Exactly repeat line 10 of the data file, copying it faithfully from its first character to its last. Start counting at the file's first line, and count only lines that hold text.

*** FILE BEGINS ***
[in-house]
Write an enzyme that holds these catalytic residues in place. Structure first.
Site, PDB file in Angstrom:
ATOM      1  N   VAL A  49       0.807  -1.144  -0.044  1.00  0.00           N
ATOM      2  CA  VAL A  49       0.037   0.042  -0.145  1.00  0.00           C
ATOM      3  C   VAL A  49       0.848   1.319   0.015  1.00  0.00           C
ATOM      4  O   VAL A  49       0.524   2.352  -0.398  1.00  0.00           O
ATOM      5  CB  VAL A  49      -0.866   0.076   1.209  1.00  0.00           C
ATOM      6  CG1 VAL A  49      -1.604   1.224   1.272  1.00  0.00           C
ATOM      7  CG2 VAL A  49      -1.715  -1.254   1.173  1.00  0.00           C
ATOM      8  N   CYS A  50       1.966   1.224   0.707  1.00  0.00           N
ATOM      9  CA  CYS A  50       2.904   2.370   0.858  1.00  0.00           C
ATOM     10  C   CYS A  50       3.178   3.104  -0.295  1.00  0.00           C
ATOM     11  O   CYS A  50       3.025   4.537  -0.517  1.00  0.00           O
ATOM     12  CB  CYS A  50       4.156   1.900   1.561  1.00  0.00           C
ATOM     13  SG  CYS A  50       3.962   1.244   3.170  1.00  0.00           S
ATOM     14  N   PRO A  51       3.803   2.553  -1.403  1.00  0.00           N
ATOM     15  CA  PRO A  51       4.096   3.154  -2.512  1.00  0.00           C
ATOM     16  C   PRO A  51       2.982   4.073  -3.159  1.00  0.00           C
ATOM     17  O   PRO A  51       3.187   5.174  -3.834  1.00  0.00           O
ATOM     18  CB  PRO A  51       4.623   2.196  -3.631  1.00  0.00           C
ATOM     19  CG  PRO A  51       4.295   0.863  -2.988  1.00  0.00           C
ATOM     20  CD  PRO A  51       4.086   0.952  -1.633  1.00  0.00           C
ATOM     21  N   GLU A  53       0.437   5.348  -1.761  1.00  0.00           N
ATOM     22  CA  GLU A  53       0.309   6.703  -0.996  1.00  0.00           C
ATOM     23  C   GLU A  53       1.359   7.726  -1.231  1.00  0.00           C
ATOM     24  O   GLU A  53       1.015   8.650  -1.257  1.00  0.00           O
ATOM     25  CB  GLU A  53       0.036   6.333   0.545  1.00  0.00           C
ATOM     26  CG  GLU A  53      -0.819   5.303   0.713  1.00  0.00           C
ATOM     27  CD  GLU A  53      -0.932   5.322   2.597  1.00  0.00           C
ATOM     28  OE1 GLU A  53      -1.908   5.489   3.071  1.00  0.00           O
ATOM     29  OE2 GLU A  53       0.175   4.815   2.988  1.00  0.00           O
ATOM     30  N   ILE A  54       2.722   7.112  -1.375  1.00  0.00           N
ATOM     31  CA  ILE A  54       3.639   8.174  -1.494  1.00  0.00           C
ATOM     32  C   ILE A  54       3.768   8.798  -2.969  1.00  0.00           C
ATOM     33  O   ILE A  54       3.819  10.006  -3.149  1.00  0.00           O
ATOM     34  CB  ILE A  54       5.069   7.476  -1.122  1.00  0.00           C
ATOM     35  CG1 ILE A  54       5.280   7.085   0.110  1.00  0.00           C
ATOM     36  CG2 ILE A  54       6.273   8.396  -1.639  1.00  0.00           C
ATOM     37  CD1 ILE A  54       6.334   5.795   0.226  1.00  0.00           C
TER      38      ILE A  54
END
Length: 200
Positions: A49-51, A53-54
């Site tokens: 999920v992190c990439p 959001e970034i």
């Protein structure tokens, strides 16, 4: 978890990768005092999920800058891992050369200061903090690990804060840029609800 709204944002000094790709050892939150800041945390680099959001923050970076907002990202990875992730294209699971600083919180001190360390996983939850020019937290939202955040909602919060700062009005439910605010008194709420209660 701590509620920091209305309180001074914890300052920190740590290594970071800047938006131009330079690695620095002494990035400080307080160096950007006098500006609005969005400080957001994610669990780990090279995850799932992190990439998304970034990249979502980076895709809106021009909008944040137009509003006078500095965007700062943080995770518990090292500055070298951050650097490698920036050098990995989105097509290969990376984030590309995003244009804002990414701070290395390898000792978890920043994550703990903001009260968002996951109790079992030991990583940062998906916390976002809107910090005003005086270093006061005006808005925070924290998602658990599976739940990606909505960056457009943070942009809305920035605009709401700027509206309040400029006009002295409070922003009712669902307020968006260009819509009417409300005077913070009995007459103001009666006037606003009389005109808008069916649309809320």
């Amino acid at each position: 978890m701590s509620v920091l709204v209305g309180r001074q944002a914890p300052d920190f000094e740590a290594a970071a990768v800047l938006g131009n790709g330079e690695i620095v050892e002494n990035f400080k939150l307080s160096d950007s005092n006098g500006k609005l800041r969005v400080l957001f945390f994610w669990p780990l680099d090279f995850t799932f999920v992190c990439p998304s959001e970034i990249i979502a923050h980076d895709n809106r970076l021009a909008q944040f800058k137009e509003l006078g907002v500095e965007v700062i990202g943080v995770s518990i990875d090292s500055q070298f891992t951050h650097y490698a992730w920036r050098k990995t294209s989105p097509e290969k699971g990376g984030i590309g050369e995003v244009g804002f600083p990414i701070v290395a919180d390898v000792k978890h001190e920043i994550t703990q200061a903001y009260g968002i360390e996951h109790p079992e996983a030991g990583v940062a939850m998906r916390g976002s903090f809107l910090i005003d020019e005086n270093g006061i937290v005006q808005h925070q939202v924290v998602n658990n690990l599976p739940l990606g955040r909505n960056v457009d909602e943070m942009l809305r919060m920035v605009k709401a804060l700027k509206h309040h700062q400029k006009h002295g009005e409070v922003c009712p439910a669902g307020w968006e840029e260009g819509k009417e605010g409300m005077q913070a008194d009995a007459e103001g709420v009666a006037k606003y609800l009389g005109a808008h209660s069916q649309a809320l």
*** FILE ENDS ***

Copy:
ATOM      7  CG2 VAL A  49      -1.715  -1.254   1.173  1.00  0.00           C